Phil Wainman

Philip Neil Wainman (born 7 June 1946,[1] West London, England) is an English record producer and songwriter, primarily active in the 1970s. He is noted for his work with Sweet, XTC, Dollar, Mud, and the Bay City Rollers. His greatest chart success, however, was the production of "I Don't Like Mondays" by the Boomtown Rats, written by Bob Geldof and arranged by Fiachra Trench.[2]

Phil Wainman
Birth namePhilip Neil Wainman
Born (1946-06-07) 7 June 1946 (age 74)
West London, England
GenresPop, rock
Occupation(s)Musician, songwriter, record producer
InstrumentsDrums
Years active1960s–1980s

CareerEdit

In 1964, Wainman was working the European cabaret circuit with a band called The High Grades. He returned to the UK and joined the Paramounts in 1965 for a short period.[3] The Paramounts had had a minor UK hit with a cover of the Coasters' "Poison Ivy",[4] but Wainman did not appear on this track. Wainman was also a drummer with a session band named The Quotations.[3] They released two drum themed beat/pop singles, 1966's "Hear Me a Drummer Man" / "Hear Those Drums" and 1968's "Going, Going Gone" / "Hey Paradiddle".[3]

He and pianist Harold Spiro later wrote the Yardbirds' "Little Games", which was produced by Mickie Most.[5] Wainman was working as a music publisher and songwriter, when he was introduced to Middlesex-based pop group The Sweetshop. He produced the band's first single, "Slow Motion", which was released in July 1968.[3] The band shortened its name to the Sweet just prior to the single being released. The track did nothing and he and the Sweet went their separate ways.

In 1970, Wainman was playing in a mainly-studio group called Butterscotch, who were enjoying minor chart success with "Don't You Know (She Said Hello)".[6] He was approached by members of the Sweet, who asked him for songs. Wainman had made the acquaintance of a new songwriting duo Nicky Chinn and Mike Chapman, who were looking for an outlet for their work.[3] The three parties came together, and went on to forge a partnership lasting four years. It created many worldwide hits, not only for the Sweet ("Funny Funny",[7] "Co-Co", "Poppa Joe", "Little Willy", "Wig Wam Bam", "Blockbuster!" plus "Hell Raiser", "The Ballroom Blitz" and "Teenage Rampage"); but a host of other artistes, with Wainman producing the tracks.[8]

However, in 1974 he left the Sweet and Chinn-Chapman and branched out on his own.[3]

Wainman co-wrote and produced "Give a Little Love" for the Bay City Rollers,[9] a UK number one in 1975.[10] He also produced "Bye Bye Baby",[11] another UK chart-topper the same year. In addition, record producer credits exist for the albums Bay City Rollers, Wouldn't You Like It? and Once Upon a Star.[12]

When punk rock arrived, Wainman worked with Generation X, but it was not an experience he remembers with any affection: 'Billy Idol kept on saying, "Do you think I'm going to make it?" I said, "Well, you're absolutely bloody talentless, but you look great."[13]

The last major hit Wainman worked on was Adrian Gurvitz's UK top 10 hit in April 1982, named "Classic".[14][15] "And then I had an incident at home, where I got home one night at five o' clock in the morning, after I had been working, and there were six police cars in my driveway. You know the feeling when your heart jumps into your mouth? Well, my wife had been bound and gagged and [after that] I just figured if I had to risk my family's security because I'm in the studio – do I have to have an armed guard minding my family while I work? – so I just kind of gave up producing... I dropped out. But not because I wanted to, but because I felt I had to."[3]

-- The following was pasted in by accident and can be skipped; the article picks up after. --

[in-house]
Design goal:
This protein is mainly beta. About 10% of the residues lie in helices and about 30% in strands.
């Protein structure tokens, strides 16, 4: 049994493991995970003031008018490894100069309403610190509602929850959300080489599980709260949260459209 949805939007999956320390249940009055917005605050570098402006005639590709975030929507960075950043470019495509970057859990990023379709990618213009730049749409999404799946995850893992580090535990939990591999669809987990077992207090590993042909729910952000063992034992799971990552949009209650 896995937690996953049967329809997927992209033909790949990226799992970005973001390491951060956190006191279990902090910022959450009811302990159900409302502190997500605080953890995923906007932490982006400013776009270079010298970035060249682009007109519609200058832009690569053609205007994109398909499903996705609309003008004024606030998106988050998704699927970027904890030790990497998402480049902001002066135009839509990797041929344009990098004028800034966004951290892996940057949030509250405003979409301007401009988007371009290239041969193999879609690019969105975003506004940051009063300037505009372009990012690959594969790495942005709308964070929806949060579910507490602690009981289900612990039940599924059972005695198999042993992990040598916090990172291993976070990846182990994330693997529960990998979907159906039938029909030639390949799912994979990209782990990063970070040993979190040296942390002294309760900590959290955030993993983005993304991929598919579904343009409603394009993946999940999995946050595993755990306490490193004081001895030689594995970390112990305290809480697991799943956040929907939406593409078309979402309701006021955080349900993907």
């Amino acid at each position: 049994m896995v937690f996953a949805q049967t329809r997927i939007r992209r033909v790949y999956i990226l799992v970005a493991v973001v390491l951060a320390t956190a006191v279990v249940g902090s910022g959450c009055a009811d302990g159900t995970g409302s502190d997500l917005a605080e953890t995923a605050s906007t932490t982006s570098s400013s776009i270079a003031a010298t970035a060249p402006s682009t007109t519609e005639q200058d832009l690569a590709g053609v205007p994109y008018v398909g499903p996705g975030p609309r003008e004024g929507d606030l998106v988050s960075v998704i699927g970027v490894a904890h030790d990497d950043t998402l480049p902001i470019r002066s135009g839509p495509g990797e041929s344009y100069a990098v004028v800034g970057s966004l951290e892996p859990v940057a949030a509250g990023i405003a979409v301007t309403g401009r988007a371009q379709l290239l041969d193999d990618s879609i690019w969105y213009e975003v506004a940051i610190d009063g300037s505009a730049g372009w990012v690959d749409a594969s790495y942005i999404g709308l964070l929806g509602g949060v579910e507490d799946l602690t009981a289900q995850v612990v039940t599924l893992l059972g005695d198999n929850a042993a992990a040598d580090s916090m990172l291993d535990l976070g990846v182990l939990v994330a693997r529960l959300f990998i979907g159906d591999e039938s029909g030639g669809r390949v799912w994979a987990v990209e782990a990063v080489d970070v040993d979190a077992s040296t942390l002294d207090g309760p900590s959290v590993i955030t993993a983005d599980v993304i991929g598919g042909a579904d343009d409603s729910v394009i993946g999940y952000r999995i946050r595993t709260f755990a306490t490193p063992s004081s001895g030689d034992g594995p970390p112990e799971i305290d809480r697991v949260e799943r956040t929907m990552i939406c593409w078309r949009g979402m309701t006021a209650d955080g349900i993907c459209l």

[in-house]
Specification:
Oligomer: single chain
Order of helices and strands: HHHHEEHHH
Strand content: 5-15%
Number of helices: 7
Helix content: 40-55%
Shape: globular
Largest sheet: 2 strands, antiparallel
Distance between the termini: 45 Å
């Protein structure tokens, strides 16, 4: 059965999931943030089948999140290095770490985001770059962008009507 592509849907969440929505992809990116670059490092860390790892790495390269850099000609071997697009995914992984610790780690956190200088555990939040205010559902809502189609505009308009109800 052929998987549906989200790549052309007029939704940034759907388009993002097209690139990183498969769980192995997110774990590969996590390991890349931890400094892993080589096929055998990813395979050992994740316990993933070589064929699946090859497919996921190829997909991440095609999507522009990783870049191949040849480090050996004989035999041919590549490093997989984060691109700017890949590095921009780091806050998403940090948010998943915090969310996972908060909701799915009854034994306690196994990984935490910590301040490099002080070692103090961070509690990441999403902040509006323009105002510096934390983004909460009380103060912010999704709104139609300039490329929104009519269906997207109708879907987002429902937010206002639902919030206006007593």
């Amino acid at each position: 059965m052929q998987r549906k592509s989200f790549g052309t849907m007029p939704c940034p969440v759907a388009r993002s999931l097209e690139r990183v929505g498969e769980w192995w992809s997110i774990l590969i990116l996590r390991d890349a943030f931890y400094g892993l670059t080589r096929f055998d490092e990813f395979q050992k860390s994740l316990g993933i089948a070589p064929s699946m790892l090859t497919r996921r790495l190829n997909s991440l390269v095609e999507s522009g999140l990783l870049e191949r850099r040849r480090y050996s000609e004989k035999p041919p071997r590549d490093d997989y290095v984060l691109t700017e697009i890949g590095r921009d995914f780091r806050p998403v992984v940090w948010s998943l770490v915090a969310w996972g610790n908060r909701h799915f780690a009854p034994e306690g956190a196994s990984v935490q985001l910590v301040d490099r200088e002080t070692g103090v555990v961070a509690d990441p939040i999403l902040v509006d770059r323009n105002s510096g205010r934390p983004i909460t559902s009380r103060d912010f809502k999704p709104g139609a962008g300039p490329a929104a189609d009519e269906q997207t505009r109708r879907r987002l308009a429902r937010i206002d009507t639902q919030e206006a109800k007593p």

Wainman later went on to work in property and real estate management.[3]

See alsoEdit

ReferencesEdit

  1. ^ Comdevelopment Ltd (10 April 1992). "Philip Wainman". Companiesintheuk.co.uk. Archived from the original on 4 April 2019. Retrieved 7 January 2013.
  2. ^ "Boomtown Rats, The – I Don't Like Mondays (Vinyl) at Discogs". Discogs.com. Retrieved 7 January 2013.
  3. ^ a b c d e f g h "Glamrock of the 70s – Phil Wainman". Glamrocking.co.uk. 10 September 1999. Archived from the original on 26 August 2014. Retrieved 7 January 2013.
  4. ^ Roberts, David (2006). British Hit Singles & Albums (19th ed.). London: Guinness World Records Limited. p. 417. ISBN 1-904994-10-5.
  5. ^ "Yardbirds, The – Little Games (Vinyl) at Discogs". Discogs.com. 21 April 1967. Retrieved 7 January 2013.
  6. ^ Roberts, David (2006). British Hit Singles & Albums (19th ed.). London: Guinness World Records Limited. p. 87. ISBN 1-904994-10-5.
  7. ^ "Sweet, The – Funny, Funny (Vinyl) at Discogs". Discogs.com. 29 January 1971. Retrieved 7 January 2013.
  8. ^ Radio interview, 'The Producers - Phil Wainman', Wnew.radio.com, 13 September 2011.
  9. ^ "Bay City Rollers – Give A Little Love (Vinyl) at Discogs". Discogs.com. Retrieved 7 January 2013.
  10. ^ Roberts, David (2006). British Hit Singles & Albums (19th ed.). London: Guinness World Records Limited. p. 45. ISBN 1-904994-10-5.
  11. ^ "Bay City Rollers – Bye Bye Baby (Vinyl) at Discogs". Discogs.com. Retrieved 7 January 2013.
  12. ^ "Bay City Rollers – Once Upon A Star (Vinyl, LP, Album) at Discogs". Discogs.com. Retrieved 7 January 2013.
  13. ^ Radio interview with Phil Wainman, 'The Producers - Phil Wainman', Wnew.Radio.com, 13 September 2011.
  14. ^ Roberts, David (2006). British Hit Singles & Albums (19th ed.). London: Guinness World Records Limited. p. 238. ISBN 1-904994-10-5.
  15. ^ "Adrian Gurvitz – Classic (Vinyl) at Discogs". Discogs.com. Retrieved 7 January 2013.

External linksEdit